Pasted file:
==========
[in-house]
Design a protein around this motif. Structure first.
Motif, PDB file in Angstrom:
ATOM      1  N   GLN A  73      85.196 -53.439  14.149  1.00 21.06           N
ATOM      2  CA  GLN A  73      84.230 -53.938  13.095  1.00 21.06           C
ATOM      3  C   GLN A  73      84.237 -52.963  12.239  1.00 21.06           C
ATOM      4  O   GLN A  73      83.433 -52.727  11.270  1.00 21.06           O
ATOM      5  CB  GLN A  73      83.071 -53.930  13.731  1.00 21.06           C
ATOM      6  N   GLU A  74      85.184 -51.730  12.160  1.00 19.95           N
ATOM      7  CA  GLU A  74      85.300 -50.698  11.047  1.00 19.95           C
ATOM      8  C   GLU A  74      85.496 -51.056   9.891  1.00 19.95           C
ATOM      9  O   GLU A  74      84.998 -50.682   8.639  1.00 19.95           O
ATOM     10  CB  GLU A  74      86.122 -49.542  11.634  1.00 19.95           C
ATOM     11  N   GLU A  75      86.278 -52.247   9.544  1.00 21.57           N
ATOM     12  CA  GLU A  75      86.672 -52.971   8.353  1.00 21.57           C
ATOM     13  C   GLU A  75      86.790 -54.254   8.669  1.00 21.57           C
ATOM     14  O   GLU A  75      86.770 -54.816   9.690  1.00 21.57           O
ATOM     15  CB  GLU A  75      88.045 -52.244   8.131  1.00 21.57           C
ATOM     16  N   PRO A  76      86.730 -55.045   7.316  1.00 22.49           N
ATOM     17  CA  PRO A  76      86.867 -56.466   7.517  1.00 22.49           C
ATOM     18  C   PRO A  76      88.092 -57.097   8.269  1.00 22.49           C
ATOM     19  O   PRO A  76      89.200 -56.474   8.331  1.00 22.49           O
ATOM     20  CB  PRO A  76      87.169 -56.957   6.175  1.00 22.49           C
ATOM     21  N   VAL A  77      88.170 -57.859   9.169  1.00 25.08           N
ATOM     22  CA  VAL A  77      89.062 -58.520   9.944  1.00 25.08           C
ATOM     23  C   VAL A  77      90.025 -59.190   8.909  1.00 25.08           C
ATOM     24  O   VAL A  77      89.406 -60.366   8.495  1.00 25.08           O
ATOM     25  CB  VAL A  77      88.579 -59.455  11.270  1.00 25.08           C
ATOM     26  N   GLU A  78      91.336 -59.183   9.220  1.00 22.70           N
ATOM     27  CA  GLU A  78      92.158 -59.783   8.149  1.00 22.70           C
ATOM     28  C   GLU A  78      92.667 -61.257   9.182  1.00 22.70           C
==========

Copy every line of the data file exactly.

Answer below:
[in-house]
Design a protein around this motif. Structure first.
Motif, PDB file in Angstrom:
ATOM      1  N   GLN A  73      85.196 -53.439  14.149  1.00 21.06           N
ATOM      2  CA  GLN A  73      84.230 -53.938  13.095  1.00 21.06           C
ATOM      3  C   GLN A  73      84.237 -52.963  12.239  1.00 21.06           C
ATOM      4  O   GLN A  73      83.433 -52.727  11.270  1.00 21.06           O
ATOM      5  CB  GLN A  73      83.071 -53.930  13.731  1.00 21.06           C
ATOM      6  N   GLU A  74      85.184 -51.730  12.160  1.00 19.95           N
ATOM      7  CA  GLU A  74      85.300 -50.698  11.047  1.00 19.95           C
ATOM      8  C   GLU A  74      85.496 -51.056   9.891  1.00 19.95           C
ATOM      9  O   GLU A  74      84.998 -50.682   8.639  1.00 19.95           O
ATOM     10  CB  GLU A  74      86.122 -49.542  11.634  1.00 19.95           C
ATOM     11  N   GLU A  75      86.278 -52.247   9.544  1.00 21.57           N
ATOM     12  CA  GLU A  75      86.672 -52.971   8.353  1.00 21.57           C
ATOM     13  C   GLU A  75      86.790 -54.254   8.669  1.00 21.57           C
ATOM     14  O   GLU A  75      86.770 -54.816   9.690  1.00 21.57           O
ATOM     15  CB  GLU A  75      88.045 -52.244   8.131  1.00 21.57           C
ATOM     16  N   PRO A  76      86.730 -55.045   7.316  1.00 22.49           N
ATOM     17  CA  PRO A  76      86.867 -56.466   7.517  1.00 22.49           C
ATOM     18  C   PRO A  76      88.092 -57.097   8.269  1.00 22.49           C
ATOM     19  O   PRO A  76      89.200 -56.474   8.331  1.00 22.49           O
ATOM     20  CB  PRO A  76      87.169 -56.957   6.175  1.00 22.49           C
ATOM     21  N   VAL A  77      88.170 -57.859   9.169  1.00 25.08           N
ATOM     22  CA  VAL A  77      89.062 -58.520   9.944  1.00 25.08           C
ATOM     23  C   VAL A  77      90.025 -59.190   8.909  1.00 25.08           C
ATOM     24  O   VAL A  77      89.406 -60.366   8.495  1.00 25.08           O
ATOM     25  CB  VAL A  77      88.579 -59.455  11.270  1.00 25.08           C
ATOM     26  N   GLU A  78      91.336 -59.183   9.220  1.00 22.70           N
ATOM     27  CA  GLU A  78      92.158 -59.783   8.149  1.00 22.70           C
ATOM     28  C   GLU A  78      92.667 -61.257   9.182  1.00 22.70           C